62nd Independence Anniversary: 7 Interesting Nigerian Facts You Never Knew

October 01, 2022

What better way is to celebrate Nigeria’s Independence day without exploring a bit of our interesting history

Nigerians are termed the Giant of Africa as we have indeed survived through the odds and still stand stronger

To celebrate this great national today, Legit.ng compiled interesting facts about Nigeria as it witnessed its 62nd Independence anniversary

There is so much to learn about Nigeria, its people, and its cultures.

On October 1, Nigeria celebrates its Diamond Jubilee — marking 60 years since the country became an independent nation with the end of colonial rule.

With an estimated population of about 204 million people, Nigeria today is the most populous Black nation on Earth and the seventh most populous country in the world.

There is so much to learn about Nigeria, its people, and its cultures.

With so much history and cultural richness, there are many lessons to be learned from Nigeria’s impact on the African continent and the world at large.

1. The Name ‘Nigeria’ The name ‘Nigeria’ was coined by Flora Shaw. She was the wife of Lord Lugard – a British soldier who paved the way for Nigeria’s amalgamation and became the first Governor-General of Nigeria. Flora drew inspiration from the great river Niger and combined the words ‘Niger’ and ‘Area’ to form ‘Nigeria’.

2. Nigeria was formed in 1914 The land area known today as Nigeria was formed in 1914 when colonial authorities merged the Northern and Southern Protectorates of Nigeria, to form the amalgamated Protectorate and Colony of Nigeria.

This merger brought together over 400 ethnic groups and tribes into what was then the largest British colony in the world. The name “Nigeria” is also derived from colonial sources.

3. Nigerian Founding Fathers It took a lot of passion, determination, and selflessness from many great Nigerians to make our independence day a reality in 1960.

Here are just a few Nigerians who were instrumental to this cause:

Dr. Nnamdi Azikiwe – known as ‘Zik’, he was the first elected President of Nigeria after independence.

Obafemi Awolowo – he introduced free education in the Western region of Nigeria and also founded Action Group.

Sir Ahmadu Bello – founded the Northern People’s Party (NPP) in 1951 which later joined forces with Nnamdi Azikiwe’s NCNC party to fight for independence from the British.

4. Nigeria gained independence from colonial rule in 1960 \

Nigeria gained independence from the British empire in 1960, initially adopting a British style of government with Abubakar Tafawa Balewa as the first Nigerian head of government (prime minister).

The country then had a population of over 45 million people.

5. Nigeria has been ruled by military leaders for a combined 29 years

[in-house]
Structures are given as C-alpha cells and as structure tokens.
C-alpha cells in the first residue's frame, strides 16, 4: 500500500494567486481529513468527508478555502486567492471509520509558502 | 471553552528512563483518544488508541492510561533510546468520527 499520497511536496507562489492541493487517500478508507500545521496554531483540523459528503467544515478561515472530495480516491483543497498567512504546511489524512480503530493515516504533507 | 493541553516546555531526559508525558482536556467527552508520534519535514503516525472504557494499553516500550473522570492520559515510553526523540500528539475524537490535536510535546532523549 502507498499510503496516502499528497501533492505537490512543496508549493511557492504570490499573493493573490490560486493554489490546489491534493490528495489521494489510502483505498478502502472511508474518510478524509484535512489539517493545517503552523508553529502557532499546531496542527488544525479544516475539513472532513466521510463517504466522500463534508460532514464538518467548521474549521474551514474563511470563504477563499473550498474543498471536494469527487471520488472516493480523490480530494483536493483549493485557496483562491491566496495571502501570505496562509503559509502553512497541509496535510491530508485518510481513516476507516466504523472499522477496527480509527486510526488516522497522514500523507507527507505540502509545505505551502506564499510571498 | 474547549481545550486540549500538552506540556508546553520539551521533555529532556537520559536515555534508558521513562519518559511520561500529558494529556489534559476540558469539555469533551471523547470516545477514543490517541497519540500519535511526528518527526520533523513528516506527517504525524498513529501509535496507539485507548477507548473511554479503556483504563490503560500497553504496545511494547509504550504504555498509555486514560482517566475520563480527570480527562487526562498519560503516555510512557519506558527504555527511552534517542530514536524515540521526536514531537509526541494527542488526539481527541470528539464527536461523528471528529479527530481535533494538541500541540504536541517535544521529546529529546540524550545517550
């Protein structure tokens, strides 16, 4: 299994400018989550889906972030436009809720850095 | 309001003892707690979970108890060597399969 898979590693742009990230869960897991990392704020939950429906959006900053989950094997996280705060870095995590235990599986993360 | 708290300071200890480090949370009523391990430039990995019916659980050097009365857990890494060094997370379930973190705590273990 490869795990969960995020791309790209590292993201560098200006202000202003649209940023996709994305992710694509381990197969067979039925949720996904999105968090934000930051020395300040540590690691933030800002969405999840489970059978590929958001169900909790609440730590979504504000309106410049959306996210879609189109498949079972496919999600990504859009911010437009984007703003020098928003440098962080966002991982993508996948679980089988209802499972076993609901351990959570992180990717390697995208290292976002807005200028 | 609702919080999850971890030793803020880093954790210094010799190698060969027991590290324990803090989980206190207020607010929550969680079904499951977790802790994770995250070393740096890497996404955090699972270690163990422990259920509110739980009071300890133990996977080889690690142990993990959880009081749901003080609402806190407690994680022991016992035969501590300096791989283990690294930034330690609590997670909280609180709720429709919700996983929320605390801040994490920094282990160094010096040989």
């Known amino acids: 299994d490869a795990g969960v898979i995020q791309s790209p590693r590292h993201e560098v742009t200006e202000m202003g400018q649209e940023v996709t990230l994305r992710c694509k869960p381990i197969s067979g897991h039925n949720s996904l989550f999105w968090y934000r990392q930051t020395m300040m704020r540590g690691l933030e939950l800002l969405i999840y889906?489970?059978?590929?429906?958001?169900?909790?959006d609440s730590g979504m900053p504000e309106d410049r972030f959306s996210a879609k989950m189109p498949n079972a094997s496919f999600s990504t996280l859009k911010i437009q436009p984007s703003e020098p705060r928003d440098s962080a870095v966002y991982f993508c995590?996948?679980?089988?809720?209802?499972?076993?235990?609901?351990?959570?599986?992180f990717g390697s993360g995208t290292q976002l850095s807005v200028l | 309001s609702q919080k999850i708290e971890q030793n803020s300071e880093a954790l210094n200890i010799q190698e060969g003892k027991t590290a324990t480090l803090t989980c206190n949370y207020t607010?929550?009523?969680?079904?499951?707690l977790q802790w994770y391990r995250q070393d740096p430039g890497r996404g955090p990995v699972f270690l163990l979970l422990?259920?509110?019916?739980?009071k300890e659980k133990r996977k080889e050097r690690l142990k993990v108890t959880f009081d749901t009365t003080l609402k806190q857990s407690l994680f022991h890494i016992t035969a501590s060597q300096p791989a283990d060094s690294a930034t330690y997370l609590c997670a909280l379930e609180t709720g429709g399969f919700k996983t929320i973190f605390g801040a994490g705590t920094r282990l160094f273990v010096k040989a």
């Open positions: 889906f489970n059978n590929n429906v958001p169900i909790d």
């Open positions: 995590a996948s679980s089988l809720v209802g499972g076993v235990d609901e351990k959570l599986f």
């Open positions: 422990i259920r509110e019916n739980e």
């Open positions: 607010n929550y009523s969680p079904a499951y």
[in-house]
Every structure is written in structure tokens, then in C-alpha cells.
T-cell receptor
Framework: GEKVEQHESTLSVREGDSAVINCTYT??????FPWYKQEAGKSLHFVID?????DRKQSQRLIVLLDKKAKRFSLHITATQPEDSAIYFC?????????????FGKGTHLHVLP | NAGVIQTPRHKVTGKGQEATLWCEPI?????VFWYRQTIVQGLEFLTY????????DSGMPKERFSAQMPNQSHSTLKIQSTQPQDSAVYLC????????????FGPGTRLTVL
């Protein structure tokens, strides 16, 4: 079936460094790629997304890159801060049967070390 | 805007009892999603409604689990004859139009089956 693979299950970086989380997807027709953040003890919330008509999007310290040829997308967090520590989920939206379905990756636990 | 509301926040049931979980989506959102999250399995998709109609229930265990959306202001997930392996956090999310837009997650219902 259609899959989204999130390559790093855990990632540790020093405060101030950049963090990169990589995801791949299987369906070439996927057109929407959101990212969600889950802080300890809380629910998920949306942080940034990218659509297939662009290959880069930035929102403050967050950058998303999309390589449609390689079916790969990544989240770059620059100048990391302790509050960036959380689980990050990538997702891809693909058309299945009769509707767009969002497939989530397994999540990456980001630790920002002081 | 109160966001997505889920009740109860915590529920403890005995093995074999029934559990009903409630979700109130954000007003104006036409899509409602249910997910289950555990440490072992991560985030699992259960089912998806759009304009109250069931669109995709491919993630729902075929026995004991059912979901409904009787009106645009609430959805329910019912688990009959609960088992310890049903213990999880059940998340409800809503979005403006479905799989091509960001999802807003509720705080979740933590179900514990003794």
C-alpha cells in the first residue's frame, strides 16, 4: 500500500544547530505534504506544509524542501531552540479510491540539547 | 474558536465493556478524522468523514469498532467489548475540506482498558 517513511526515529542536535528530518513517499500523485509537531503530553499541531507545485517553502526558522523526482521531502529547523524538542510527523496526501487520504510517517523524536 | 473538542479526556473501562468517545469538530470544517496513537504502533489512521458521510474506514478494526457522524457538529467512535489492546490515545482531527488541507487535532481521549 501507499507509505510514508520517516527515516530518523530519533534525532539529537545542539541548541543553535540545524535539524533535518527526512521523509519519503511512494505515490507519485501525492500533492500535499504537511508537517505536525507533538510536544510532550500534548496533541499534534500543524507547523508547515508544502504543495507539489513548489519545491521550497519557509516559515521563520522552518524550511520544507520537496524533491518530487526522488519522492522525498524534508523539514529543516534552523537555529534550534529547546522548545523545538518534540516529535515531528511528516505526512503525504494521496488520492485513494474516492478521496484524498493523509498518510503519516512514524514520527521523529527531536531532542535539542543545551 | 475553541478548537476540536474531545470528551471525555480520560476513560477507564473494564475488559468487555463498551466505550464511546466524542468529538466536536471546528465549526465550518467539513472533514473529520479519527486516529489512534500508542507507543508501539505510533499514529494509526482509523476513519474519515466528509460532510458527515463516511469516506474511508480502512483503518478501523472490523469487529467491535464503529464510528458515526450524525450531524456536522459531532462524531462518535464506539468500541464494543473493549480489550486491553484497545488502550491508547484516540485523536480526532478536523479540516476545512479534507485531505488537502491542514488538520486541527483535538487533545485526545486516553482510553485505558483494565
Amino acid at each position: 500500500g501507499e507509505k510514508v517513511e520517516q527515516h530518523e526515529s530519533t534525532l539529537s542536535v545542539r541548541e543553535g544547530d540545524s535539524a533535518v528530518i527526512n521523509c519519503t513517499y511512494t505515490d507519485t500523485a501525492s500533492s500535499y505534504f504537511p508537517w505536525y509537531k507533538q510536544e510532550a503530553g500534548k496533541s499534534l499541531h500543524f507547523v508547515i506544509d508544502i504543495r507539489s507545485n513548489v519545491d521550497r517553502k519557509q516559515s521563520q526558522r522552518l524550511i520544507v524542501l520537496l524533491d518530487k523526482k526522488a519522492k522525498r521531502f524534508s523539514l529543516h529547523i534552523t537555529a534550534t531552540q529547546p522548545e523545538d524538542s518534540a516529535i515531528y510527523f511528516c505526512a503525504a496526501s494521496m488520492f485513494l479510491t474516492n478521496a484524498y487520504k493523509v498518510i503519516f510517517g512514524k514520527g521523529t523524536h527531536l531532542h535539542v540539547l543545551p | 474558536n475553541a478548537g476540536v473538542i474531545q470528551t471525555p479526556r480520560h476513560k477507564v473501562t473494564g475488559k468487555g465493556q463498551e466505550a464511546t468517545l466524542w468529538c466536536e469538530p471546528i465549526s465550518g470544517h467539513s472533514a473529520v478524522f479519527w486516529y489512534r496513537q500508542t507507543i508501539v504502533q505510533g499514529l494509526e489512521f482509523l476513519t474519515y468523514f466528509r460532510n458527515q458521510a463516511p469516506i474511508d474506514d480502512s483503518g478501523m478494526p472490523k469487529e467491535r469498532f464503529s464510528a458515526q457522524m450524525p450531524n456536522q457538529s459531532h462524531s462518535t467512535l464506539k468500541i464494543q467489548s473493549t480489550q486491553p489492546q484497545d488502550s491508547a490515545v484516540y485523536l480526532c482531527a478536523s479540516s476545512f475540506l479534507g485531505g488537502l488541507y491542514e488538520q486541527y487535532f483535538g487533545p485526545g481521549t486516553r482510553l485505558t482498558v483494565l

On January 15, 1966, a group of young, idealistic, UK-trained army majors overthrew Nigeria’s democratic government in a violent military coup — the country’s first.

A succession of military governments ruled Nigeria for 29 of the next 33 years, until the restoration of democracy in 1999.

Some of the blowback effects of this coup include: Corruption — the military decreed that all natural resources be controlled by the state, which has entrenched the do-or-die nature of Nigerian politics;

The army’s politicised past means that Nigerians live with the (real or imagined) fear that a coup is a possible outcome of any political crisis.

6. The Nigerian civil war started in 1967 In 1967, following two coups and turmoil that led to about a million Igbos returning to the south-east of Nigeria.

The Nigerian government declared war and after 30 months of fighting, Biafra surrendered. On January 15, 1970, the conflict officially ended.

7. The military dictatorship in Nigeria ended in 1977 Even then, it resulted from two years of near anarchy, first with the 1975 coup that brought down the Gowon regime.

A trio of generals took power, specifically, Murtala Muhammed, Olusegun Obasanjo, and Theophilus Danjuma.

Another coup took place in 1976, led by Colonel Buka Dimka, killing General Muhammed, but ultimately failing and forcing the rogue colonel into exile.

General Shehu Yar’adua replaced General Muhammed, and in 1977, the junta organized a constituent assembly to draft a new constitution. This led to elections in 1979, with Shehu Shagari becoming the first president of the Second Nigerian Republic.

Conclusion Nigeria’s 62nd Independence is here, wait; we are not where we are but we are heading to the promise land and we will surely get there.

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